Plans to improve access to GP surgeries in Wales have been announced by the Welsh government.
Health minister Lesley Griffiths outlined a three-phased approach to improving access to GP surgeries, with a focus on making appointments “more convenient for working people”.
During the first phase – already underway – appointments will be redistributed towards the latter part of the day, between 5.00 and 6.30pm. Early morning appointments will also be available where needed.
The first phase will also see a reduction in the number of practices with half day or lunchtime closing.
The second phase will focus on later evening appointments, after 6.30pm, to meet the needs of patients who have difficulty in attending earlier in the day.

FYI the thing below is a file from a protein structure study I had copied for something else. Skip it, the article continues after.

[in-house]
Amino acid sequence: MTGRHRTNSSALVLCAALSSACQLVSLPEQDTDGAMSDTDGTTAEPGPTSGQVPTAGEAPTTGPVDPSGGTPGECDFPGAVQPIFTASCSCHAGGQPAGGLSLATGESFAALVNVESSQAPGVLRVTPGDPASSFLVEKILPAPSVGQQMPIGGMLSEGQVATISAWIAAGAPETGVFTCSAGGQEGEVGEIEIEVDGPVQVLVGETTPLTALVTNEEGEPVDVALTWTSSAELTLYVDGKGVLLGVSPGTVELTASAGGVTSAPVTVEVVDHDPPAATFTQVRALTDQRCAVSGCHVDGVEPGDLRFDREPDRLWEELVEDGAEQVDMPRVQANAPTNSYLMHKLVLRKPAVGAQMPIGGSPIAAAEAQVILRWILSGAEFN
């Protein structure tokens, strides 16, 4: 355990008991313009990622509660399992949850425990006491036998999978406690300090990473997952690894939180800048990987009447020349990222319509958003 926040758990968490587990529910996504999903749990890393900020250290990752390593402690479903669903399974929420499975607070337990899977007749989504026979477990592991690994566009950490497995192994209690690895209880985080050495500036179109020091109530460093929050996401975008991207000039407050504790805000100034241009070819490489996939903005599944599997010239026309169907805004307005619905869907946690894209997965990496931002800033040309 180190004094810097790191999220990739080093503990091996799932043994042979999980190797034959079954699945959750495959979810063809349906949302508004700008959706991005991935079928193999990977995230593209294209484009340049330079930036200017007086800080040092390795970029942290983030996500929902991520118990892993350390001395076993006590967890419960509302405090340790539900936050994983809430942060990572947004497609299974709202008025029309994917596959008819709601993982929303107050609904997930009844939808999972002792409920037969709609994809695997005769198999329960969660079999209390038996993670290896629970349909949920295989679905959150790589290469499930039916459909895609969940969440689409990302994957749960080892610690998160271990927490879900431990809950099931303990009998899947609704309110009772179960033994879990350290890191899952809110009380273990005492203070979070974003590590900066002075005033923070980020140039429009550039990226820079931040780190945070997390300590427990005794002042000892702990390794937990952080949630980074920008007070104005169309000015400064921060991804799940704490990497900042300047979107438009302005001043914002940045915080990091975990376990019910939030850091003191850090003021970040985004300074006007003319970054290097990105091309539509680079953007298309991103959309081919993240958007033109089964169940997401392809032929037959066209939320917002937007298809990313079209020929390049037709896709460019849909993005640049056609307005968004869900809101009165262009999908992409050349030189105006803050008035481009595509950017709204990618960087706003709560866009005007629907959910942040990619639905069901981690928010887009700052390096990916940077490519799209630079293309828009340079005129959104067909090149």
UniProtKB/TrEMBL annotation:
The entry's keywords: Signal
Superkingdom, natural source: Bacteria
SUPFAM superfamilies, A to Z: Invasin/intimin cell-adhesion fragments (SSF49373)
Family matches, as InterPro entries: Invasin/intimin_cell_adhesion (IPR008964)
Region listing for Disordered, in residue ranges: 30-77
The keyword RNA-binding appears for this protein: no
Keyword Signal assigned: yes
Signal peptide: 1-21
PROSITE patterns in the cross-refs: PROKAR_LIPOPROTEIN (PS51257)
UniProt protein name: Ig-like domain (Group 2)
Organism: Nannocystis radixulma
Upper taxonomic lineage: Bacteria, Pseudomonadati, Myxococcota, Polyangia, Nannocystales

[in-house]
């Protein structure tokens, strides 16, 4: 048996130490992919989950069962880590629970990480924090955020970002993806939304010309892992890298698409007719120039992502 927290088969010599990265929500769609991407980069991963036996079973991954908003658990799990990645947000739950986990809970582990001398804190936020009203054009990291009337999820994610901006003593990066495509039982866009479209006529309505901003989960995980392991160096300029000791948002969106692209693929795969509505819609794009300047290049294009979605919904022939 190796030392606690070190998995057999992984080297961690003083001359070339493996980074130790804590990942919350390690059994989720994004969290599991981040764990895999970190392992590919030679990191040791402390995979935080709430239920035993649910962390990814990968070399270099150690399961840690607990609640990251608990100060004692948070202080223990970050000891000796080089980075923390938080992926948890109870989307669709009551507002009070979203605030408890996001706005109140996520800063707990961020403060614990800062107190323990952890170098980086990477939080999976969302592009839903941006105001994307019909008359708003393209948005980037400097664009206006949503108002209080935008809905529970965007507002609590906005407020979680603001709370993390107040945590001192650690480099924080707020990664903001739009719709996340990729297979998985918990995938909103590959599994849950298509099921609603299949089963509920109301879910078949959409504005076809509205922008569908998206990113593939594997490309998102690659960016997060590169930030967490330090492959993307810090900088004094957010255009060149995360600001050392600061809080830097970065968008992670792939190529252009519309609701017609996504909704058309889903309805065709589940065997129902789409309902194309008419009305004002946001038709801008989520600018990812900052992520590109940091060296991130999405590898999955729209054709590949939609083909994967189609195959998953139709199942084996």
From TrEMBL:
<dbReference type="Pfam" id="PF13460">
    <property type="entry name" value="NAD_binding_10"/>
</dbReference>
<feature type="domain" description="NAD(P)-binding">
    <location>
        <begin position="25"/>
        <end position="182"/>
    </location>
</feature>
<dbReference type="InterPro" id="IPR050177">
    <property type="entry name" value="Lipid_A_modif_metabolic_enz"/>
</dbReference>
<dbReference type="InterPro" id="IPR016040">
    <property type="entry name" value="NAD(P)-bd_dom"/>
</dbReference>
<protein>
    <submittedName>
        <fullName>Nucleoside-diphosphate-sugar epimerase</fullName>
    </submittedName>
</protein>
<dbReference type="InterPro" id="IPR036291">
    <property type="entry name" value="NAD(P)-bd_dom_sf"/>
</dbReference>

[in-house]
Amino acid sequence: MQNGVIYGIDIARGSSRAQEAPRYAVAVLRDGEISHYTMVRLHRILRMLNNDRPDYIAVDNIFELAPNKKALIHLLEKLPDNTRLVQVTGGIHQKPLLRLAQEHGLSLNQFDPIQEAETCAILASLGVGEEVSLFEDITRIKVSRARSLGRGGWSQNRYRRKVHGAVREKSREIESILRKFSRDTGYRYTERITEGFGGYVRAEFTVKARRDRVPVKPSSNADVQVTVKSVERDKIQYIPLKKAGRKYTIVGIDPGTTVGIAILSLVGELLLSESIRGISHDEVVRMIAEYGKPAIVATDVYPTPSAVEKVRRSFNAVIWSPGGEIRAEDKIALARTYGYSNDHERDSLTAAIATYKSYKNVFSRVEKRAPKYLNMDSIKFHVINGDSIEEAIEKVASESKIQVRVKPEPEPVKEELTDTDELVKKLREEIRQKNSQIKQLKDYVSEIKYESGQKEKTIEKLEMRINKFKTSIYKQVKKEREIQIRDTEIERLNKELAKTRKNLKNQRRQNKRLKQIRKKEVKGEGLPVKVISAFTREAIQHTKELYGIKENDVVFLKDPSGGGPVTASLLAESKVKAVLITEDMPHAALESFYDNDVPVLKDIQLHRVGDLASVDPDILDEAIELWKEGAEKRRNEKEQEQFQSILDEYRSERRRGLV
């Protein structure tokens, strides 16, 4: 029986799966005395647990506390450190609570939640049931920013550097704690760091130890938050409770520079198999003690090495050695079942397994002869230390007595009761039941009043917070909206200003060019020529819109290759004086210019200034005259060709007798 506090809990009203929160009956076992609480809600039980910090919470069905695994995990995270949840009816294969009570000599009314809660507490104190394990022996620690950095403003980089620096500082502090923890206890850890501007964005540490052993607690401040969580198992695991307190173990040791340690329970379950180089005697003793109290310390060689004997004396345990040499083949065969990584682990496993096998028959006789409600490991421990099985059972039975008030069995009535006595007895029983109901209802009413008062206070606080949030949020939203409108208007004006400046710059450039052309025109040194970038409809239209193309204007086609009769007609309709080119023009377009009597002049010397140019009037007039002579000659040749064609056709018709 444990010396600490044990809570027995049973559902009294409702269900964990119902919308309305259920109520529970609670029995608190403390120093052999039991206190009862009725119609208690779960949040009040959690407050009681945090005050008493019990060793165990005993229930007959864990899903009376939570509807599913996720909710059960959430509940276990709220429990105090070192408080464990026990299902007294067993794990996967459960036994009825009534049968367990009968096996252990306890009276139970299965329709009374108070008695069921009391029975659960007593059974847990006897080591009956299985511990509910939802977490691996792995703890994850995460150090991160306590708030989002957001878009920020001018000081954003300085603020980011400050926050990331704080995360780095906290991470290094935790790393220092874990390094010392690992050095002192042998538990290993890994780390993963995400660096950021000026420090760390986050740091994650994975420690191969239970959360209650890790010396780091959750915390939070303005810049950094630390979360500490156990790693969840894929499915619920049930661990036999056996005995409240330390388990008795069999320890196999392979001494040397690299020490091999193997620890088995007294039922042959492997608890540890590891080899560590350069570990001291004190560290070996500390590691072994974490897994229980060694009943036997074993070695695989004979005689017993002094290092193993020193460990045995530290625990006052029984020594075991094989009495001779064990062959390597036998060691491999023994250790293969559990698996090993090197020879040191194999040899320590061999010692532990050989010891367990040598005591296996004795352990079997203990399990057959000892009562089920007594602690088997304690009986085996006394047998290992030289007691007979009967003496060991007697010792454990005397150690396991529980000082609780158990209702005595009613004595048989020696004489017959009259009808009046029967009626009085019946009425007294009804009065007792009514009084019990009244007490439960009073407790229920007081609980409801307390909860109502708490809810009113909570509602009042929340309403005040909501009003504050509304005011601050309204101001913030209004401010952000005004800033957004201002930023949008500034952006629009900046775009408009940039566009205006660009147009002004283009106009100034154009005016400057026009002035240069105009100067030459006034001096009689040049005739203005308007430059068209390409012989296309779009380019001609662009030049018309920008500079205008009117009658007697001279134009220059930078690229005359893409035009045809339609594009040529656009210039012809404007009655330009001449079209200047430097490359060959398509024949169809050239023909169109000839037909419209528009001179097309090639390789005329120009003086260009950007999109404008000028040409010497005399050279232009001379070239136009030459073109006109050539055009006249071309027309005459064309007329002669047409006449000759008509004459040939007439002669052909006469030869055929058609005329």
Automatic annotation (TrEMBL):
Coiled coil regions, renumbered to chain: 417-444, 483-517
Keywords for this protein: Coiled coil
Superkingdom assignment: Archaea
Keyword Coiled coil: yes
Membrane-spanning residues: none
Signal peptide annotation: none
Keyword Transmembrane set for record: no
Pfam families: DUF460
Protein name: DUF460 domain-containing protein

At the moment, 12% of GP practices offer extended opening after 6.30pm. The Welsh government said it “anticipated” that during 2013-14 this would rise to 30% and by March 2016 it was expected to reach 50%.
The third phase of the programme will see the provision of planned appointments at weekends.
Ms Griffiths said improving access to GP surgeries was one of the government’s top five commitments. “It is our intention to deliver this commitment within existing budgets, she said.”
Peter Meredith Smith, associate director (employment relations) of the Royal College of Nursing in Wales, said: “It is important to remember that practice nurses will be delivering much of this care.
“The whole concept of ‘out of hours’ is antiquated,” he said. “Extra nurses and nurse practitioners could contribute to increased access for patients in general practice, if they are appropriately trained to respond to the wide range of presenting complaints that patients may seek help for.
“We would advise the Government to consult with pharmacists and nurses to address this very real issue of access. Investing in primary care reduces demand on secondary services.”